Years ago when my Great Grandma could no longer cope living on her own, my parents found themselves the unwilling adopters of her cat. Being under the care of my deaf and elderly Great Grandma meant it’s formative years had been something of a half-feral existence lived in and around her country cottage. Seemingly no fool, this cat learned early on that meowing to my Great Grandma was a complete waste of time so would instead bite and scratch to communicate with humans. It absolutely refused to be petted and I never heard it purr or make anything other than a hostile sound for the six months that I knew it.
Fast-forward to now and you would not recognise this cat. Showered by my parents with love, care and attention, almost as if it were their third child, this cat flourished from a mangy, angry ginger ball of hiss into a graceful and serene miniature lion; the subject of many admiring comments from neighbours, passers-by and my mum’s friends whenever she posts pictures on Facebook (which is often).
I couldn’t help but think of this story when reflecting on my husband’s early onset Parkinson’s diagnosis 20mths ago. Much like my parents, we had become the unwilling owners of a troublesome, seemingly unlovable, untamable pet. Only in this case it’s called “Parky” and Parky is a dog. Not a nice dog but one of those runty yappy things which always seem to come in pairs or threes (no offense to those who like this breed – generally, I actually love dogs but growing up on my council estate, these scuttling little barking terrors were the bloody worst).
So there we were; the new unhappy owners of Parky. He is aggressive and yappy and keeps getting under our feet and sh*ts everywhere. He chews our shoes and digs up bits of dead animal from outside and brings them into the house. His fur is wirey and in patches, his skin is scabby and unpleasant to touch and he smells really, really bad. His snarl is fierce, his nip is sharp and his constant yap-yap-yapping is like nails down a blackboard. We don’t want him but we’re stuck with Parky and there’s no getting rid of the little sod.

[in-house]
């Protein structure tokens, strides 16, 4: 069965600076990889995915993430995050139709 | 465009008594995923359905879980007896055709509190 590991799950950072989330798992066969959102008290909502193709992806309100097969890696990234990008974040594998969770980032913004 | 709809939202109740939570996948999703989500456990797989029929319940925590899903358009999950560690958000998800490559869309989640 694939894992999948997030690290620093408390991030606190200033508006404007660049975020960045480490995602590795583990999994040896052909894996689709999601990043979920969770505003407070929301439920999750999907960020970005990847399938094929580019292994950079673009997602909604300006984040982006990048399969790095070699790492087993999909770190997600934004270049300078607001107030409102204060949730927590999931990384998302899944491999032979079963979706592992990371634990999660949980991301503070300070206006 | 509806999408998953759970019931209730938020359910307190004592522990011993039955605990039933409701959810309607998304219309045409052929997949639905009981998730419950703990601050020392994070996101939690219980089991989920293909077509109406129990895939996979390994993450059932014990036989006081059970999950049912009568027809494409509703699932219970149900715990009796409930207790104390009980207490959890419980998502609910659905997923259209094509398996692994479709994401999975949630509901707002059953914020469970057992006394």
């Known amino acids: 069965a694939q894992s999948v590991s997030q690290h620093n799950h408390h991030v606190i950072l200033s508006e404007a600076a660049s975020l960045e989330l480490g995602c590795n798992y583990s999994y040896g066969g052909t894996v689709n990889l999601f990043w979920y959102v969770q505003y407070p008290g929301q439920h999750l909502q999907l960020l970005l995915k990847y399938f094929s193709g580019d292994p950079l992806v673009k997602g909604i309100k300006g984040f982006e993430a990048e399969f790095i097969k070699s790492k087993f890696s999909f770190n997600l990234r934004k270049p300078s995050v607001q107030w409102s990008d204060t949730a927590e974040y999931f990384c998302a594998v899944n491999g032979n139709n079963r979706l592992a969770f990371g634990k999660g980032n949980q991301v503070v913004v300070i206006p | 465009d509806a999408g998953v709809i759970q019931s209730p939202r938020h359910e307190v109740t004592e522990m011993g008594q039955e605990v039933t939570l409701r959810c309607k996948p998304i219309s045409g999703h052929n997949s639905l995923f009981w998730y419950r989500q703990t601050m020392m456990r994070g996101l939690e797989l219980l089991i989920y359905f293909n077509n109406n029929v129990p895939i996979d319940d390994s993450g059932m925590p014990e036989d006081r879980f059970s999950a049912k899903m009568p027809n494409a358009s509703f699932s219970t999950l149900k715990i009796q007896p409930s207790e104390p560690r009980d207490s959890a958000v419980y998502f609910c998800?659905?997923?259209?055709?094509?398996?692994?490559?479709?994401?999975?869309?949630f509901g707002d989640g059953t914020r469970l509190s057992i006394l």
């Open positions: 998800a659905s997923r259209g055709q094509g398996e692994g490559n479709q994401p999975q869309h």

So we made the lifestyle changes required of dog owners. We make sure Parky is walked regularly, fed properly, gets all the right jabs and check-ups. We tend to him with care and attention and make sure we’re always considering Parky in our plans. And having both previously been pet owners, we’re realistic to know that you can give a pet all the care and training in the world, it still has its own mind and there will still be some days where it will sh*t on the carpet or dig up the garden or shake wet mud all over your kitchen and there’s nothing you can do about it.
And when that happens its ok to be angry, to be annoyed, to grumble while you get the mop and disinfectant, maybe even to have a little sob to yourself because you’re knackered and it’s late and you literally just cleaned up and besides which you never even wanted this effing dog!!.. But you also know you have just got to get on with it and remember it’s not all “poo and mud”. You think about the good things that have come about because of Parky.
We’re healthier and we’re happier than we were. Some of the old worries and concerns we had before Parky came to stay seem laughable now, like the weight of responsibility of looking after Parky has made everything else feel so much lighter. It’s bought us closer to our friends and family whose outpouring of love and support has been such a surprising source of strength for both of us. And we are closer to each other than we’ve ever been, were it not for Parky. We’re in it together, for the long haul. And while we may never learn to truly love Parky, we can sure learn to live with him.